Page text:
Linda Lee — My personal bridge blog

USBF Open Team Trials about to begin – the usual suspects (conventions)

With only a few days to go before the open team trials begin I thought I would have a look at the teams playing in the Round Robin and check out their convention cards. If you would like to do the same, it is easy because the USBF has conveniently posted the cards on their website. Just go to list of teams and click on any player to see their convention card.  Unfortunately most of the pairs have not posted their convention card but as required have simply posted the bids that require a pre-alert (special preparation). 

So far I have looked at 26 pairs before I stopped to clear my head.  Here are my results so far.  Most won’t surprise you but perhaps one or two items will.

A) Most of the field I have looked at so far plays a 2 over 1 variation usually with a strong notrump.   No surprise there.  There is a standard based system but there are several strong forcing club  and a surprising number of multi-way club variants with 1C being for example a strong balanced hand, a weak notrump or clubs.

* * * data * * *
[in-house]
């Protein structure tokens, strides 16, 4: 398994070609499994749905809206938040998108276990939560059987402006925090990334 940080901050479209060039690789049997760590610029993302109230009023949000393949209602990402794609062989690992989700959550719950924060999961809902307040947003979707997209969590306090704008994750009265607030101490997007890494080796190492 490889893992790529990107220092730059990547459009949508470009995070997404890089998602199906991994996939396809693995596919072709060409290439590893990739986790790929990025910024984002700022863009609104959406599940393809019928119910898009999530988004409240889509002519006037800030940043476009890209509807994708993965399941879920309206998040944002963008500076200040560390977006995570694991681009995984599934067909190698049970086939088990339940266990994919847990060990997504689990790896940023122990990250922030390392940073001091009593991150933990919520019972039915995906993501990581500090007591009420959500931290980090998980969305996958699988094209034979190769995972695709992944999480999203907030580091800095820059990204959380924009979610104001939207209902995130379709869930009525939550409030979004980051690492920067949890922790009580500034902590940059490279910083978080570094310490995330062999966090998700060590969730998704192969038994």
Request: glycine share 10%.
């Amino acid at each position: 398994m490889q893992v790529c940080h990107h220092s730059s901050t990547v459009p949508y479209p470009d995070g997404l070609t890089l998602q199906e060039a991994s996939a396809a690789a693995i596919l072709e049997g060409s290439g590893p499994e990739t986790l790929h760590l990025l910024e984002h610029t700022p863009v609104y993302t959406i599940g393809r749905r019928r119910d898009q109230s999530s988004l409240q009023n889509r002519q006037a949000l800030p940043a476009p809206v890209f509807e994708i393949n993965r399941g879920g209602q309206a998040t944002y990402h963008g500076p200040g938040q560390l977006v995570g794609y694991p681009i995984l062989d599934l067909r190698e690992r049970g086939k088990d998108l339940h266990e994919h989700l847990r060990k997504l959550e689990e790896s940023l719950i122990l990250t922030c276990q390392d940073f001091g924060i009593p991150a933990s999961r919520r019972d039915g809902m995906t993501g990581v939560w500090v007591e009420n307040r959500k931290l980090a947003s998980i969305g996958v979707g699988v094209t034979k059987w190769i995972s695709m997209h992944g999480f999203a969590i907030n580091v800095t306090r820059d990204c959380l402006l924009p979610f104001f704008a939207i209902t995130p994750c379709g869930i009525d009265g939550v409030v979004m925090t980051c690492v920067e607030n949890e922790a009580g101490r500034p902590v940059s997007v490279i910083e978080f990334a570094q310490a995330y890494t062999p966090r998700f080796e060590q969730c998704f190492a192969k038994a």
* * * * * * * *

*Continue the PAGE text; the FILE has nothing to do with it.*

B) 10-12 notrump is very rare indeed and even 12-14 notrump[ isn’t all that common with most of the field playing 5 card majors and strong notrump

C) Players who play 2/1 are generally playing weak 2 bids of some kind.  Flannery occurs now and then and even the odd 2D multi.

Are you surprised so far?  Well here is one that is “newer”

D) Almost everyone is playing some sort of transfer advances (usually one under) in competition.  The most frequent situation is after an opening bid and an overcall by the opponents.  But players are using transfer advances in other situations too.  This seems to be the norm rather than the exception so take note.

E) Most of the players play 3rd from even low from odd or 3rd and 5th against suit contracts with fourth best being the system of choice against notrump.

F) Multi-Landy which strangely requires a pre-alert is the most common defense over strong notrump.  2D showing a major has been declared “special” by the ACBL (I guess that means the USBF too), 2H and 2S showing that major and a minor or 2C showing both majors are still user friendly

So most of us watching most of the event shall find the North American style of play something we are used to.   I guess it means that the efforts to slow-down innovation in ACBL country seem to be working that way for many partnerships.  Sorry, I couldn’t help myself.

But I can’t wait for it all to begin!  Roll on!

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